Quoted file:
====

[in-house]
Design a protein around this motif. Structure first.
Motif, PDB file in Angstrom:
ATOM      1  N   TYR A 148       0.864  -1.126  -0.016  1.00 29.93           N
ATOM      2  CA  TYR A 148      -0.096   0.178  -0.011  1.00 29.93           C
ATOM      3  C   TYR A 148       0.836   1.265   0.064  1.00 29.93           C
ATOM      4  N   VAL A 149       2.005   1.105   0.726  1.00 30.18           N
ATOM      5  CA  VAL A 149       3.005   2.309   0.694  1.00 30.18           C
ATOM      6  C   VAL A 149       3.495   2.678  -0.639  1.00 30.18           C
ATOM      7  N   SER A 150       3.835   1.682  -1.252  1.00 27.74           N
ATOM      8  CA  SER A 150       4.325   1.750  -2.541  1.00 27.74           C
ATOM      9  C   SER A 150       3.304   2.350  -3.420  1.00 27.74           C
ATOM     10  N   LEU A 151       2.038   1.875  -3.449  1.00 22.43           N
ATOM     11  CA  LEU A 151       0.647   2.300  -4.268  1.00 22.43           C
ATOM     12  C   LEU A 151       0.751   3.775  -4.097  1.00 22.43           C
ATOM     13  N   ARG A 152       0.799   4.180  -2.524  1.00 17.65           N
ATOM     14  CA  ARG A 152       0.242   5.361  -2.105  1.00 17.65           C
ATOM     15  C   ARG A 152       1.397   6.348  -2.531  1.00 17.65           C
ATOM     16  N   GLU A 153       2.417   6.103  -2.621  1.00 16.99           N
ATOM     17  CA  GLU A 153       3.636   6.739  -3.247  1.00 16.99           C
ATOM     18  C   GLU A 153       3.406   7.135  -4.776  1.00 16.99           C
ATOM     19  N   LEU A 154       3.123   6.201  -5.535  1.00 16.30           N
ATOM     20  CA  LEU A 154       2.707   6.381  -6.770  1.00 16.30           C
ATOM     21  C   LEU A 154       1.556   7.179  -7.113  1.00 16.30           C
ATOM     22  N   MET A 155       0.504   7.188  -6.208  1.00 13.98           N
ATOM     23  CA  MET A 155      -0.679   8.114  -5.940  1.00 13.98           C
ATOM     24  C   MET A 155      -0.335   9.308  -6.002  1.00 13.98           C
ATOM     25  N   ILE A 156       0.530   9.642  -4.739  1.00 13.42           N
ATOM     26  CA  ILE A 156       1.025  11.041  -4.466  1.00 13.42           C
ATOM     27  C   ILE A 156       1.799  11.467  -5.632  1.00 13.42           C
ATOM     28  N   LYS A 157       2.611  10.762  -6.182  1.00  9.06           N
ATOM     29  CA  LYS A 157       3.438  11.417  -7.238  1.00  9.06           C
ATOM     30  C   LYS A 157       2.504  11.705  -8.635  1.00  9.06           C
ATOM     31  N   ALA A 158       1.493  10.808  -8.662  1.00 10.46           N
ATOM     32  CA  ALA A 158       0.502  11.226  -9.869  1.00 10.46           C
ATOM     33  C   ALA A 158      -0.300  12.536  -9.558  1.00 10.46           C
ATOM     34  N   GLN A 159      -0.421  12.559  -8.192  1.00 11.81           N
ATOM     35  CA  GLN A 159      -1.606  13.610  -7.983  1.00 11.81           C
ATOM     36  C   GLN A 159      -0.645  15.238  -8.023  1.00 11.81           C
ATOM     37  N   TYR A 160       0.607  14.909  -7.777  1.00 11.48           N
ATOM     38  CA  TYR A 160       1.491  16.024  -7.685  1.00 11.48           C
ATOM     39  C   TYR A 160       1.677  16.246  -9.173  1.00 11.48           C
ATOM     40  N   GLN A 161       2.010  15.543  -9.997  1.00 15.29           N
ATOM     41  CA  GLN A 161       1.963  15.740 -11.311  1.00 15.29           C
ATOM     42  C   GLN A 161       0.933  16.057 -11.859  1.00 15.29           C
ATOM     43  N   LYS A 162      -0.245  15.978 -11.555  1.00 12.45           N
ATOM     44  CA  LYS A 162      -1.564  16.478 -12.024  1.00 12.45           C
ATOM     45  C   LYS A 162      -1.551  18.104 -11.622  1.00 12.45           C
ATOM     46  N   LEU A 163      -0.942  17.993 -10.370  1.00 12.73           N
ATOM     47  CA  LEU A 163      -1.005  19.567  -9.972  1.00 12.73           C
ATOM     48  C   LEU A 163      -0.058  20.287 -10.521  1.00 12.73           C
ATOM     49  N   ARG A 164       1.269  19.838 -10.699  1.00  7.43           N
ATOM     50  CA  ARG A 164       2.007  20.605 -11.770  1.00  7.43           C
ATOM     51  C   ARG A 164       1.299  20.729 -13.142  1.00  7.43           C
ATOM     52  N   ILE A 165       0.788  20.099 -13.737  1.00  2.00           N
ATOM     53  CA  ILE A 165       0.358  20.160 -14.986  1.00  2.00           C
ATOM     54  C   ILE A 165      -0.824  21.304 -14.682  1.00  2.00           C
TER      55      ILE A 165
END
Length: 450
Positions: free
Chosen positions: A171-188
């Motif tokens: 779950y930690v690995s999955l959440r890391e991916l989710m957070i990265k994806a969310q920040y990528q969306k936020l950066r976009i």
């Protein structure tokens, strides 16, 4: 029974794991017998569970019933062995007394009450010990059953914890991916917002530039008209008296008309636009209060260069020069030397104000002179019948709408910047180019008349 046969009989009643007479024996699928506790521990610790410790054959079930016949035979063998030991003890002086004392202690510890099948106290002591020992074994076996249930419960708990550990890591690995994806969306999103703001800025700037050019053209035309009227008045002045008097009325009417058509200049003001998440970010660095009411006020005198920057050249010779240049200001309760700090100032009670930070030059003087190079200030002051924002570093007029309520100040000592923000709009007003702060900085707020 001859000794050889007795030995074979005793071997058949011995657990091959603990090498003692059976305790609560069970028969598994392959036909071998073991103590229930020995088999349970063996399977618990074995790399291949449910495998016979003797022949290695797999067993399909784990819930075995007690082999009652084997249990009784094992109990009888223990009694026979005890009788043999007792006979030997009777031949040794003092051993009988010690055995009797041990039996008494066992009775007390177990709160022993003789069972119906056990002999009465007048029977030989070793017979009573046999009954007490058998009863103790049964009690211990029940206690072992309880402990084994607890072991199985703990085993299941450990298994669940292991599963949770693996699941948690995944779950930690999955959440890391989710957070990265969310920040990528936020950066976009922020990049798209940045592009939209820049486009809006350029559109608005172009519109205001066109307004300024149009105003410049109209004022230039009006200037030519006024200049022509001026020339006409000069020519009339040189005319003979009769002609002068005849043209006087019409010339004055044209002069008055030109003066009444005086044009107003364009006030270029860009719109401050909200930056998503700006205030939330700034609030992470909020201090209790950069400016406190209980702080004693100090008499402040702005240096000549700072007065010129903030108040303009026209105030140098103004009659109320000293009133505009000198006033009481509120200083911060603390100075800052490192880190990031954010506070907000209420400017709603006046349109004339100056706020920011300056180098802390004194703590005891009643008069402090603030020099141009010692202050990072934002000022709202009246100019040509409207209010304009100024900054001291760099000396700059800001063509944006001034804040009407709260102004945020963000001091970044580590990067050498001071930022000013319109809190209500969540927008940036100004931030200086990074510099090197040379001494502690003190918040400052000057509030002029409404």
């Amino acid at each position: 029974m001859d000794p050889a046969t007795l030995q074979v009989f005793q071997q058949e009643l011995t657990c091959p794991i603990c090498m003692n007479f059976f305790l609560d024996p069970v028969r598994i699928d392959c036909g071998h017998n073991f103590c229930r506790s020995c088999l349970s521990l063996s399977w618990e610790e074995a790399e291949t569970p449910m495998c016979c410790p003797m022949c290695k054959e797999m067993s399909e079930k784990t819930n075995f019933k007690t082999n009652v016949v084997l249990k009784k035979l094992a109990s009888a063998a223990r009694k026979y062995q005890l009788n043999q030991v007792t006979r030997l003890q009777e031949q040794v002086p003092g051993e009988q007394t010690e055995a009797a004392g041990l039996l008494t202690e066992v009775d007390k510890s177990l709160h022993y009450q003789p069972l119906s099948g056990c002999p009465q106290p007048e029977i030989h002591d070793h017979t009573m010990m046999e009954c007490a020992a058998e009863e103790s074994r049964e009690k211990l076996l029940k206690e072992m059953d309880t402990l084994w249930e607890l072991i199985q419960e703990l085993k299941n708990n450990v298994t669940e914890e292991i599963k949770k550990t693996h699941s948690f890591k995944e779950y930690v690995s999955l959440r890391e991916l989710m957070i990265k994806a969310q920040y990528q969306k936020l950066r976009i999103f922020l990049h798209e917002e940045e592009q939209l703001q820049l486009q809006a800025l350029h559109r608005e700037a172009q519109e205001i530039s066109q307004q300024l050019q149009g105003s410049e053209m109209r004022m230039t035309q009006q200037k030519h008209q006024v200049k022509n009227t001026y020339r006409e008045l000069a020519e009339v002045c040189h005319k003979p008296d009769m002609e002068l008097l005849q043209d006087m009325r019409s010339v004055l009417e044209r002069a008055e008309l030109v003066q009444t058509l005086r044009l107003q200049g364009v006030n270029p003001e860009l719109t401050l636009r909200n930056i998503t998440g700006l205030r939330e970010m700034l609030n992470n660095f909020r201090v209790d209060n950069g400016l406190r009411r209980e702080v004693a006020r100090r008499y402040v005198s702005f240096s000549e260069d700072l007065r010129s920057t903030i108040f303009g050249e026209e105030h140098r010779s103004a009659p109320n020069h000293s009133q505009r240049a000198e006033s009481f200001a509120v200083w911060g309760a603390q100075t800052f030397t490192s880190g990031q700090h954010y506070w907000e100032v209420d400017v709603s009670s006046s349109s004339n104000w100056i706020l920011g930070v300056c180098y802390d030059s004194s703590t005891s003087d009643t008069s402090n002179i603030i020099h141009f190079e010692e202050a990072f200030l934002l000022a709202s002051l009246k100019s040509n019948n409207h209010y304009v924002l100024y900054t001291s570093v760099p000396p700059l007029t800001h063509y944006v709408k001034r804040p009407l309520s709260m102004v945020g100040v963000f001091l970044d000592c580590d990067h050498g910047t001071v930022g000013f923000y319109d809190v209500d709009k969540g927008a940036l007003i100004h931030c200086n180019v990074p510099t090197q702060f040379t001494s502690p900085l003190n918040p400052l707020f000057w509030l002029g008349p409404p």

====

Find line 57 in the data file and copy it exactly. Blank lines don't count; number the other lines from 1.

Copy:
ATOM     54  C   ILE A 165      -0.824  21.304 -14.682  1.00  2.00           C